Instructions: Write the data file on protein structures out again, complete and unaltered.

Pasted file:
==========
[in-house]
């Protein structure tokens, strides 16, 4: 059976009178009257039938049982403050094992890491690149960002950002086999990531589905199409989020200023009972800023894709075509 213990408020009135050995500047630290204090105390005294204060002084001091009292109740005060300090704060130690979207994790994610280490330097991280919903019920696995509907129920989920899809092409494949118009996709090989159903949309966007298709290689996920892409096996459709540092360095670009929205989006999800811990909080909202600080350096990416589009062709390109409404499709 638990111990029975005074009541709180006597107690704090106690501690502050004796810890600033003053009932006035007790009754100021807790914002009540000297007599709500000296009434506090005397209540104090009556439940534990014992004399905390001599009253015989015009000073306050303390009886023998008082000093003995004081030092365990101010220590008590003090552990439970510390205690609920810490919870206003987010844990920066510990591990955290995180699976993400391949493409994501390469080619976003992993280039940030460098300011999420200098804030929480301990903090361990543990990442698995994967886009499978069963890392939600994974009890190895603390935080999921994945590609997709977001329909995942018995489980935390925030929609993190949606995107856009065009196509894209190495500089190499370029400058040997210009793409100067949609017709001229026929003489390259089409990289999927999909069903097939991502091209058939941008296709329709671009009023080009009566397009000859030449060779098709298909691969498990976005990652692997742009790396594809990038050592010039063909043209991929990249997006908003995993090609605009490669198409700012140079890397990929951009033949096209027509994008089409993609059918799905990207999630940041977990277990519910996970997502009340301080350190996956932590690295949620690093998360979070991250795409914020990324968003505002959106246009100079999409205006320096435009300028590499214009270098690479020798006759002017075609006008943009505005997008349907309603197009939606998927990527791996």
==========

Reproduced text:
[in-house]
């Protein structure tokens, strides 16, 4: 059976009178009257039938049982403050094992890491690149960002950002086999990531589905199409989020200023009972800023894709075509 213990408020009135050995500047630290204090105390005294204060002084001091009292109740005060300090704060130690979207994790994610280490330097991280919903019920696995509907129920989920899809092409494949118009996709090989159903949309966007298709290689996920892409096996459709540092360095670009929205989006999800811990909080909202600080350096990416589009062709390109409404499709 638990111990029975005074009541709180006597107690704090106690501690502050004796810890600033003053009932006035007790009754100021807790914002009540000297007599709500000296009434506090005397209540104090009556439940534990014992004399905390001599009253015989015009000073306050303390009886023998008082000093003995004081030092365990101010220590008590003090552990439970510390205690609920810490919870206003987010844990920066510990591990955290995180699976993400391949493409994501390469080619976003992993280039940030460098300011999420200098804030929480301990903090361990543990990442698995994967886009499978069963890392939600994974009890190895603390935080999921994945590609997709977001329909995942018995489980935390925030929609993190949606995107856009065009196509894209190495500089190499370029400058040997210009793409100067949609017709001229026929003489390259089409990289999927999909069903097939991502091209058939941008296709329709671009009023080009009566397009000859030449060779098709298909691969498990976005990652692997742009790396594809990038050592010039063909043209991929990249997006908003995993090609605009490669198409700012140079890397990929951009033949096209027509994008089409993609059918799905990207999630940041977990277990519910996970997502009340301080350190996956932590690295949620690093998360979070991250795409914020990324968003505002959106246009100079999409205006320096435009300028590499214009270098690479020798006759002017075609006008943009505005997008349907309603197009939606998927990527791996």